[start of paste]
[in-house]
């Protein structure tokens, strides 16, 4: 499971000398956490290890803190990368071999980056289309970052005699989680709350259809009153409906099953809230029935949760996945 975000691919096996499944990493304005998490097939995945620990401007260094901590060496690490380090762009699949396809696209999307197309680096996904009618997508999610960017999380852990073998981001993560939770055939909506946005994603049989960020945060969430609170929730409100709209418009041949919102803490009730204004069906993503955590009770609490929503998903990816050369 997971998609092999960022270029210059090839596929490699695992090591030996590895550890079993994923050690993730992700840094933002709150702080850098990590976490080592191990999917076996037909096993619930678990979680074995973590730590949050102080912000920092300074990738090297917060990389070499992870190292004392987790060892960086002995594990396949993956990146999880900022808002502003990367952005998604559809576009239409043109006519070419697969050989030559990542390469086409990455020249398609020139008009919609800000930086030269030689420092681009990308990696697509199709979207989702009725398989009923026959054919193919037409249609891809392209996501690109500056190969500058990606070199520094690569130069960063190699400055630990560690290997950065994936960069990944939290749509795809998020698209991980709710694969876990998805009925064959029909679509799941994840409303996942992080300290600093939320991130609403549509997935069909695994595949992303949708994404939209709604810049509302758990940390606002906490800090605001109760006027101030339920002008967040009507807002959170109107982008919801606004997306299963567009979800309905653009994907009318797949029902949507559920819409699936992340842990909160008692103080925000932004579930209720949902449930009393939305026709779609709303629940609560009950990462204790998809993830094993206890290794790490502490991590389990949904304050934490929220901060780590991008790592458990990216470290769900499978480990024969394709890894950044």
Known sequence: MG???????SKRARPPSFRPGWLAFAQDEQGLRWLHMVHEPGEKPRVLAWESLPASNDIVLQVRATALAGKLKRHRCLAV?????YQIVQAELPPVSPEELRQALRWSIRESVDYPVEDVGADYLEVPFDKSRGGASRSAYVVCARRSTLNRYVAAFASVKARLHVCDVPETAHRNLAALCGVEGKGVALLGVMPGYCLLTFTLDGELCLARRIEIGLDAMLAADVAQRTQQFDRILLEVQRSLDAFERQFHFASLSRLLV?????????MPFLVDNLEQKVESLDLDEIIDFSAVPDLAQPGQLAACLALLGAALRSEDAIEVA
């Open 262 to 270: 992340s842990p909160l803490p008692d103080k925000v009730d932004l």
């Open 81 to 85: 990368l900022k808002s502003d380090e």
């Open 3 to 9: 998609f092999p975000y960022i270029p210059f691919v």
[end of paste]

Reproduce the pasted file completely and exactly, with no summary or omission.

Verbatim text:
[in-house]
């Protein structure tokens, strides 16, 4: 499971000398956490290890803190990368071999980056289309970052005699989680709350259809009153409906099953809230029935949760996945 975000691919096996499944990493304005998490097939995945620990401007260094901590060496690490380090762009699949396809696209999307197309680096996904009618997508999610960017999380852990073998981001993560939770055939909506946005994603049989960020945060969430609170929730409100709209418009041949919102803490009730204004069906993503955590009770609490929503998903990816050369 997971998609092999960022270029210059090839596929490699695992090591030996590895550890079993994923050690993730992700840094933002709150702080850098990590976490080592191990999917076996037909096993619930678990979680074995973590730590949050102080912000920092300074990738090297917060990389070499992870190292004392987790060892960086002995594990396949993956990146999880900022808002502003990367952005998604559809576009239409043109006519070419697969050989030559990542390469086409990455020249398609020139008009919609800000930086030269030689420092681009990308990696697509199709979207989702009725398989009923026959054919193919037409249609891809392209996501690109500056190969500058990606070199520094690569130069960063190699400055630990560690290997950065994936960069990944939290749509795809998020698209991980709710694969876990998805009925064959029909679509799941994840409303996942992080300290600093939320991130609403549509997935069909695994595949992303949708994404939209709604810049509302758990940390606002906490800090605001109760006027101030339920002008967040009507807002959170109107982008919801606004997306299963567009979800309905653009994907009318797949029902949507559920819409699936992340842990909160008692103080925000932004579930209720949902449930009393939305026709779609709303629940609560009950990462204790998809993830094993206890290794790490502490991590389990949904304050934490929220901060780590991008790592458990990216470290769900499978480990024969394709890894950044």
Known sequence: MG???????SKRARPPSFRPGWLAFAQDEQGLRWLHMVHEPGEKPRVLAWESLPASNDIVLQVRATALAGKLKRHRCLAV?????YQIVQAELPPVSPEELRQALRWSIRESVDYPVEDVGADYLEVPFDKSRGGASRSAYVVCARRSTLNRYVAAFASVKARLHVCDVPETAHRNLAALCGVEGKGVALLGVMPGYCLLTFTLDGELCLARRIEIGLDAMLAADVAQRTQQFDRILLEVQRSLDAFERQFHFASLSRLLV?????????MPFLVDNLEQKVESLDLDEIIDFSAVPDLAQPGQLAACLALLGAALRSEDAIEVA
């Open 262 to 270: 992340s842990p909160l803490p008692d103080k925000v009730d932004l």
């Open 81 to 85: 990368l900022k808002s502003d380090e």
């Open 3 to 9: 998609f092999p975000y960022i270029p210059f691919v």